This pig in my photo is the biggest porcine animal I have ever seen, in Mallorca or anywhere else.
Tradition and circumstance had it that pigs and pork played a prominent role in the Mallorcan cuisine and still do. Before the event of tourism, the island relied on agriculture as the main source of income, and pigs, especially the indigenous Porc Negre, provided an important part of the food intake. Meat could not be afforded on a daily basis, because times were hard and the average Mallorcan citizen lived a rather impoverished life for centuries.
Lomo con col was served on rare occasions such as on special Sundays or at festive family gatherings. Here’s a recipe for six persons in case you would want to treat yourself and your loved ones:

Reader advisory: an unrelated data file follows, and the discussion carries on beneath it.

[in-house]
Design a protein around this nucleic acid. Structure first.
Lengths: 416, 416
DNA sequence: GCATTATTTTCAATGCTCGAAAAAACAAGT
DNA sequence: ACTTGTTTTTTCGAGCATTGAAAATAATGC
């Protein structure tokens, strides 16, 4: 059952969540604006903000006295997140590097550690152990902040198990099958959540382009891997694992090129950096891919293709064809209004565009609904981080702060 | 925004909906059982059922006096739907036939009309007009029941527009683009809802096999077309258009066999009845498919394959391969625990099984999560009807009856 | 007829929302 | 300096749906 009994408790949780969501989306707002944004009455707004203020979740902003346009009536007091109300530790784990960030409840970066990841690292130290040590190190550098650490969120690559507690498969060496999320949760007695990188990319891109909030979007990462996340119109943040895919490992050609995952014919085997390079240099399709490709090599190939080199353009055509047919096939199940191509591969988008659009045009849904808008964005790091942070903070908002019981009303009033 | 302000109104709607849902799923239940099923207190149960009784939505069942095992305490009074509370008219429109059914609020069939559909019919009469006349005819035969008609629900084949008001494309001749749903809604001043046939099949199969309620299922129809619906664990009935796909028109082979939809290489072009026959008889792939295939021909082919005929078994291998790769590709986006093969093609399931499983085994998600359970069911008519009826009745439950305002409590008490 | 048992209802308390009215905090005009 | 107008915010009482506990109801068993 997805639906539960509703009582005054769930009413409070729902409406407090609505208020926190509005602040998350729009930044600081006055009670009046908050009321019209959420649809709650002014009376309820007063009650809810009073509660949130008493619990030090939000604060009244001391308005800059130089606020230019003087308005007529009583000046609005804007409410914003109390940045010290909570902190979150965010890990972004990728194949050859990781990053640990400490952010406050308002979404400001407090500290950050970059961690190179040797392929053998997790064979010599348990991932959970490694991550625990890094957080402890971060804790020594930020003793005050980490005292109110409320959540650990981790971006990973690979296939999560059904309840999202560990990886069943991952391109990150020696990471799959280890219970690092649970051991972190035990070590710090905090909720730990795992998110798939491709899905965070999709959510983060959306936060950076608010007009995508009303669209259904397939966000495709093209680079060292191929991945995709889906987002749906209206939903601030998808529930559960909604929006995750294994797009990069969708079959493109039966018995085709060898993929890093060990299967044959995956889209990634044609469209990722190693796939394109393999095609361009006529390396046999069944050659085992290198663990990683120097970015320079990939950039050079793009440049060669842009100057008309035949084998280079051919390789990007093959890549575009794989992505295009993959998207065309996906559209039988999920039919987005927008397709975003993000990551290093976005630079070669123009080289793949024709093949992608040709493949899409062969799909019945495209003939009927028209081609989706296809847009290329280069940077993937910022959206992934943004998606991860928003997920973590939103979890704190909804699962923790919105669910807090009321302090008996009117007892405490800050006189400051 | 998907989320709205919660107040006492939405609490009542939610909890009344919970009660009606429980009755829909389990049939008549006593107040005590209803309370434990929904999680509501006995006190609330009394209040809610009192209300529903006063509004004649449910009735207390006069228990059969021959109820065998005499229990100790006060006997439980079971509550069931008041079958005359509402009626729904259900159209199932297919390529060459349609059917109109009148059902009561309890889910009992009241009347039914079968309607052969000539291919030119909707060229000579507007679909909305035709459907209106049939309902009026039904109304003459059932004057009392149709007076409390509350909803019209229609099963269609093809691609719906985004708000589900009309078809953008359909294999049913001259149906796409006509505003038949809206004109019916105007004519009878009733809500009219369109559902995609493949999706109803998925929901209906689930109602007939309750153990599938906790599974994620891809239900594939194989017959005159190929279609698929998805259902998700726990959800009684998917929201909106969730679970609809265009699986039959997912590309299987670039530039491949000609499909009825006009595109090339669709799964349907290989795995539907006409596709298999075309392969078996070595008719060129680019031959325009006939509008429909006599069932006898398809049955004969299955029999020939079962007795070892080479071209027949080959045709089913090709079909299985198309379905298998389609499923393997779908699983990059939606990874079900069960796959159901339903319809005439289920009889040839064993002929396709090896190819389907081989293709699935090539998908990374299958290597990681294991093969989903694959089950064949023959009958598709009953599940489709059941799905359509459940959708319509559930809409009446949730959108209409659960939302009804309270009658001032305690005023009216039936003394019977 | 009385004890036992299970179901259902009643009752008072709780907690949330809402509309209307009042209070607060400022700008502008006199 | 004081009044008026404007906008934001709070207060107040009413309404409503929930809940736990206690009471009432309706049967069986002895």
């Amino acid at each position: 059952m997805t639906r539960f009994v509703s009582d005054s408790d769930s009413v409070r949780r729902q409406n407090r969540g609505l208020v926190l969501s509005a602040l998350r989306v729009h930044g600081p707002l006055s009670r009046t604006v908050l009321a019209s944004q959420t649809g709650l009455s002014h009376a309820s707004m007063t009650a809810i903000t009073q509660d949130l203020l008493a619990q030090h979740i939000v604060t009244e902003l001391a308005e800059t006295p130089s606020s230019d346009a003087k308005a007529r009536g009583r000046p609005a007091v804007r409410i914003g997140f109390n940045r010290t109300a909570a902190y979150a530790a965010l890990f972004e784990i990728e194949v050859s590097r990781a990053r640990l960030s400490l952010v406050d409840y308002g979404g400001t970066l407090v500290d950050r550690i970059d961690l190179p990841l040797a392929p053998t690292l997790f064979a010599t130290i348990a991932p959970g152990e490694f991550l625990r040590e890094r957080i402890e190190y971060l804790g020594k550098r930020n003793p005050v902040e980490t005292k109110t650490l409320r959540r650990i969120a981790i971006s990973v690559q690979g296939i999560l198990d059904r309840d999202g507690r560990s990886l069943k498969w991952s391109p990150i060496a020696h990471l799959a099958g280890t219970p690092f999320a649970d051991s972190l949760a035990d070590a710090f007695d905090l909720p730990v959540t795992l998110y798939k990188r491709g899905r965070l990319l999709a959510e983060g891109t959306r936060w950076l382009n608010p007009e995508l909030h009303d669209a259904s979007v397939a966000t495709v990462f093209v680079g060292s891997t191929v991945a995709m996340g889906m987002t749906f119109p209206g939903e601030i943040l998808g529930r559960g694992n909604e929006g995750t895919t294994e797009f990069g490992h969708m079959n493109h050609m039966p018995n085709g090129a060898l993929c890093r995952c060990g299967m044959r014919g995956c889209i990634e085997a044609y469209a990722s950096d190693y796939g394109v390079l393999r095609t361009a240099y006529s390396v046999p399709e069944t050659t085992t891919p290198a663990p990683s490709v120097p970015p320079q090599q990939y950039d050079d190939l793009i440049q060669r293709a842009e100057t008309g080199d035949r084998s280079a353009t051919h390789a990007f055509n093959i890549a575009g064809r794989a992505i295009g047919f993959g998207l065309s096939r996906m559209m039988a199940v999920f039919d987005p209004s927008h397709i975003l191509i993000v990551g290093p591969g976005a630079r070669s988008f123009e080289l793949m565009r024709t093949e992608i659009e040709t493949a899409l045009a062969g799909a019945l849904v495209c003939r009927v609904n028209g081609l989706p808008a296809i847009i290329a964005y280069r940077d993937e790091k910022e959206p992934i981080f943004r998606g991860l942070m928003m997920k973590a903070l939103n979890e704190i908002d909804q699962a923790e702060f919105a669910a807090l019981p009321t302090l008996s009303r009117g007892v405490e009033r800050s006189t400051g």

12 thickish slices of pork loin and 12 large cabbage leaves are used for Lomo con col; two of each would provide each person with one portion. The pork loin is fried in a little olive oil until sealed and golden brown. Place each pork loin on a cabbage leaf with a small amount of Sobrassada and some Botifarró, fold carefully into neat parcels, place the folded parcels in a baking dish or better still a Greixonera (one of the brown Mallorcan clay dishes, also known as a Cazuela). Add some more ingredients, such as chopped and peeled tomatoes, a chopped onion, some pine kernels, a few cloves of garlic, some Sultanas, some chopped parsley, some dry white wine plus salt and pepper, cover with a foil and bake for about 25 minutes in a moderate oven heat (180° C).
The photo was taken near Felanitx, Mallorca, Baleares, Spain. The date: March 3rd, 2009. The time was 14:00:11.